"If you only remember one word about sake, remember ginjo". That's the tip from John Gauntner, one of the leading authorities on the Japanese rice wine. Basically, ginjo is to sake what premier cru is to wine. An American now living in Japan, John Gauntner further explains the relationship between ginjo and sake: "It's the same stuff, but made with better raw materials and by more labour-intensive, exacting methods that lead to a significantly better product."

Ginjo, with the even more delicate daiginjo at the apex of the pyramid, covers the top 7.5 per cent of sakes, while four in five sakes are commercial sakes known as futsu-shu. They are cheap because they are brewed with run-of-the-mill rice and cut with distilled alcohol for economic reasons. Between top and bottom, honjozo, brewed using a small amount of alcohol, and junmai (which means pure sake made from just rice and water) can often be the best value.

The better the sake, the more labour-intensive the process involved in its production. The strain of rice is important as well, with roughly 10 varieties of special sake rice accounting for more than 90 per cent of the 12,000-odd hectares of sake rice planted in Japan every year. The degree of rice milling is the key to the grade, and should be stated, along with the grade, on the label. Generally the more the rice is milled, the purer, softer and more delicate the sake's flavour.

The quality of water is also critical. Matsumoto, for instance, a traditional, ninth generation Kyoto family brewery, moved to its current location purely in order to be able to access Fushimi's pure water. As with wine though, the care that the producer brings to the process is massively important in determining the style. With more than 1,600 sake breweries in Japan, there are, not surprisingly, plenty of styles to choose from.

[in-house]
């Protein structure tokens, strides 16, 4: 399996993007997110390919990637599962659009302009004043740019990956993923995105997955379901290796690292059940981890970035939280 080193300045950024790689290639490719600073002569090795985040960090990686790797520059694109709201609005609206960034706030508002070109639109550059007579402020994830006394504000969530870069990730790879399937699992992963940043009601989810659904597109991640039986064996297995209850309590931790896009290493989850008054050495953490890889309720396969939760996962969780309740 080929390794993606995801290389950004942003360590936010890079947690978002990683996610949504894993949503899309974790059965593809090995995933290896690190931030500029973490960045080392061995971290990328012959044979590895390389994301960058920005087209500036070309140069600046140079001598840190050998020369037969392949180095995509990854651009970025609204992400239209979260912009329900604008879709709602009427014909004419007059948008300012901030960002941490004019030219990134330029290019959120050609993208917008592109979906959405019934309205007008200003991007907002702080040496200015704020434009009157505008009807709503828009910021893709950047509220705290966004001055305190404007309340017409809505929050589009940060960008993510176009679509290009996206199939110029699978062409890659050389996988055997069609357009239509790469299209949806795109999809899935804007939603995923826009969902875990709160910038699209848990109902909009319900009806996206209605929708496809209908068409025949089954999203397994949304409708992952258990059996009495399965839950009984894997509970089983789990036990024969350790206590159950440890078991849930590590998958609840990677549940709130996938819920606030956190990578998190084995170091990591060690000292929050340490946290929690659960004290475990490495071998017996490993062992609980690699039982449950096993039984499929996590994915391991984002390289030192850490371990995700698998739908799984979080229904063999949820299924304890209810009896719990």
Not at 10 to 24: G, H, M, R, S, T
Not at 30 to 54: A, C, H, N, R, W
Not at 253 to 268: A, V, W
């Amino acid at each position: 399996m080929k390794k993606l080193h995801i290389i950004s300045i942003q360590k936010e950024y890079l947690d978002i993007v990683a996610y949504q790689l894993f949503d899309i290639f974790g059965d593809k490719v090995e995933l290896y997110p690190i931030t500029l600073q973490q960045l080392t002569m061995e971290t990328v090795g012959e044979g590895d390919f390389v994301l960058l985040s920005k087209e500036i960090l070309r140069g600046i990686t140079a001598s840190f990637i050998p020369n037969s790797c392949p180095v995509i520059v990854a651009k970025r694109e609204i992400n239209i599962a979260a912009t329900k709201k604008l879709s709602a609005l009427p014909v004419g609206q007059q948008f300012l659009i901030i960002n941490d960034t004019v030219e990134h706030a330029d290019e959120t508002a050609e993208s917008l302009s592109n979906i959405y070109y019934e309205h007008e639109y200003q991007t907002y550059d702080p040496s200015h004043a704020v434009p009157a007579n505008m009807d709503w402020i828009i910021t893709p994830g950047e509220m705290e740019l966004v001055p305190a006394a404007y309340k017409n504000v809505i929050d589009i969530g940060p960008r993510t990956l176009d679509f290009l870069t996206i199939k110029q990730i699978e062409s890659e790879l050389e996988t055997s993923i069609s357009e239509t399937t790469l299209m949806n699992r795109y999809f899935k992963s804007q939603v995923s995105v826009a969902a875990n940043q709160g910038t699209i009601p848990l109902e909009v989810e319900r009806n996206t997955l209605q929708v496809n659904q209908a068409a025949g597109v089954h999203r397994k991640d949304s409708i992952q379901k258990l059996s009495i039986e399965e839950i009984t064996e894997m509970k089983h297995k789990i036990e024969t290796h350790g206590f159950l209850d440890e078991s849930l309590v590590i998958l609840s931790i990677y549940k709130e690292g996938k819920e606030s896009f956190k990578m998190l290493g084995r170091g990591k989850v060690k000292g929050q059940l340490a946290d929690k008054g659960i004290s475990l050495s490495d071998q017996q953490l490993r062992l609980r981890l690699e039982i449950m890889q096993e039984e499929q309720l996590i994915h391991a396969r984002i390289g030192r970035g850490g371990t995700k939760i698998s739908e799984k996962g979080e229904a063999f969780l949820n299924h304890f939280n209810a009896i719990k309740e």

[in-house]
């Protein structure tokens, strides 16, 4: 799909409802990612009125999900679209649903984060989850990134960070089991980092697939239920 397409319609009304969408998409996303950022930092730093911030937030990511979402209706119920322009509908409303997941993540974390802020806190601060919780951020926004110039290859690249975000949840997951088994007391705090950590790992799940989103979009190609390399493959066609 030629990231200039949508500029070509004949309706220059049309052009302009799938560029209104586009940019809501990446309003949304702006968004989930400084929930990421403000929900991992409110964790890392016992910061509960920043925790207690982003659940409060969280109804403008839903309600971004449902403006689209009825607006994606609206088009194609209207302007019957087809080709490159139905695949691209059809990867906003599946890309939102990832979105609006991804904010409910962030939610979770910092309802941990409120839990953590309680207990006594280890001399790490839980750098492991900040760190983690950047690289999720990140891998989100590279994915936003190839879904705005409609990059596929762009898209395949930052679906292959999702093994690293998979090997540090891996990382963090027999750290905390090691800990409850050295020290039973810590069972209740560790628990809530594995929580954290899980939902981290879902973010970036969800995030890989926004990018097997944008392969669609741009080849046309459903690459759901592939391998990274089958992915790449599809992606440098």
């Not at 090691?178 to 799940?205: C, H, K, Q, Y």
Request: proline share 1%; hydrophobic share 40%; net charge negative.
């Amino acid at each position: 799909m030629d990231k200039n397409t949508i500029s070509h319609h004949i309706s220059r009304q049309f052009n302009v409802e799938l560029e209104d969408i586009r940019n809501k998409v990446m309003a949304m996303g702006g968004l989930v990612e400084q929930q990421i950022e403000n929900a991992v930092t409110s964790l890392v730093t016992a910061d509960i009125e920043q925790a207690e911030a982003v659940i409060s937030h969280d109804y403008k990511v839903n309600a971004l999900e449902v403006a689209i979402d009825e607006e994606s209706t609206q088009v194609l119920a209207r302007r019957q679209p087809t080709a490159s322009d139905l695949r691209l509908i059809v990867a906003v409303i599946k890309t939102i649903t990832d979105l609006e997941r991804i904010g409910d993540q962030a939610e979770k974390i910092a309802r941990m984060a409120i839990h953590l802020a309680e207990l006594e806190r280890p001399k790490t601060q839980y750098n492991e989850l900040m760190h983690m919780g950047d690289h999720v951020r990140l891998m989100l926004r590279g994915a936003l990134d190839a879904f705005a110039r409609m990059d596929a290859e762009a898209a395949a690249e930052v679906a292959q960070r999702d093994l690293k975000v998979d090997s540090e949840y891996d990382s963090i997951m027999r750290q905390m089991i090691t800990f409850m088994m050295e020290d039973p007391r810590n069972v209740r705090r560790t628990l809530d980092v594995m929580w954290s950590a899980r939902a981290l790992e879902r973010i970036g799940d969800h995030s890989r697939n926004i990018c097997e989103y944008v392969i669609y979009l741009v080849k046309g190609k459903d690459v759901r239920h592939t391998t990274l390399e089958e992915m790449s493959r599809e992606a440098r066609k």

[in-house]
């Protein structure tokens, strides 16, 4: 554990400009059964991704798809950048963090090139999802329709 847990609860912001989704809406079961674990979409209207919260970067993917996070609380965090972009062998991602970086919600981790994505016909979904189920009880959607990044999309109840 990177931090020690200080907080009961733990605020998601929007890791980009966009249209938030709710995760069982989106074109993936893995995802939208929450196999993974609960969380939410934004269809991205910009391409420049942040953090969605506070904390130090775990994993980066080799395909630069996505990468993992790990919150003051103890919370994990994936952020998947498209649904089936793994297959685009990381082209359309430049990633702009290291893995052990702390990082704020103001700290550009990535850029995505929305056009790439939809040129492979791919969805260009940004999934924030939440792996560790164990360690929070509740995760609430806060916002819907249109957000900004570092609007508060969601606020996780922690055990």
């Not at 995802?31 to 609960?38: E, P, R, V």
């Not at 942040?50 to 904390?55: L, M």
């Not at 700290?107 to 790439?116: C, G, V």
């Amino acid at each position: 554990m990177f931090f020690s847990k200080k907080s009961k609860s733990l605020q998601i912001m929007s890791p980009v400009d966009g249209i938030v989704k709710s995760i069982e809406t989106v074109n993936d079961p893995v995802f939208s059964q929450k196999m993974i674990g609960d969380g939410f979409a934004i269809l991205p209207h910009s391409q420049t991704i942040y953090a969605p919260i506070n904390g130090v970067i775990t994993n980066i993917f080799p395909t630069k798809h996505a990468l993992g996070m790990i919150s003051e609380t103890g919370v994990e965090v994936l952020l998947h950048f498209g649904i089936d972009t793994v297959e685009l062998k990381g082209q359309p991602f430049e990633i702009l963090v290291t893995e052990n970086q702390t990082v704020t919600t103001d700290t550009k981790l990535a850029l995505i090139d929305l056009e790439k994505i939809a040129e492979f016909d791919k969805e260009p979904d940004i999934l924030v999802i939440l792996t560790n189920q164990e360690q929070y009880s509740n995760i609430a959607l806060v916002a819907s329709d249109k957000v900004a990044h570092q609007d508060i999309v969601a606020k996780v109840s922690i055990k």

Sake hasn't caught on in this country as it has done in the US, but it's starting to happen. On 24 September, the second annual London sake fair takes place at the Japan External Trade Organisation, followed by a sake evening on 5 October at the British Museum (www.thebritish museum.ac.uk). And the launch of the Japanese fine dining restaurant Sake no Hana, by the restaurateur Alan Yau, is imminent. But a few barriers still need to be broken down.

In one sense, it's almost a relief that sake labels are mostly in Japanese, because you can admire their artistry without having to stress about what it all means. But if you want to know what grade you're buying or who and where it comes from, even the decoded script may not leave you any the wiser. Legal requirements such as alcohol content (which can vary from 13.5 to 18 per cent) are often buried in the middle of some indecipherable Japanese script while back label descriptions are mostly inadequate or non-existent.

Sake has been in decline in Japan for the past 20 years largely because the market has been flooded with inferior grades (and cheap Chinese sake). Understandably, people trying it for the first time have been put off. Not every supermarket in the UK sells sake, and those that do still list only the cheap stuff. The best of the everyday styles is Waitrose's smooth, fresh Sawanotsuru De Luxe Sake, £5.99, with Asda, Tesco and Booths' only marginally less satisfying Choya Sake, £5.74- £5.99, not far behind.

Upmarket stores like Selfridges, Harrods and Harvey Nichols stock high class ginjo and daiginjo from sake specialists Isake (www.isake.co.uk), but smooth as silk as Rashiku Junmai Ginjo and Rashiku Daiginjo are, they are not going to win too many friends at £18.20 and £22.99, respectively, in a small 30cl bottle. As yet, there's not a lot in this country between the cheap and cheerful and the heftily priced sake examples to encourage you at the moment, but I have a feeling that things are about to change.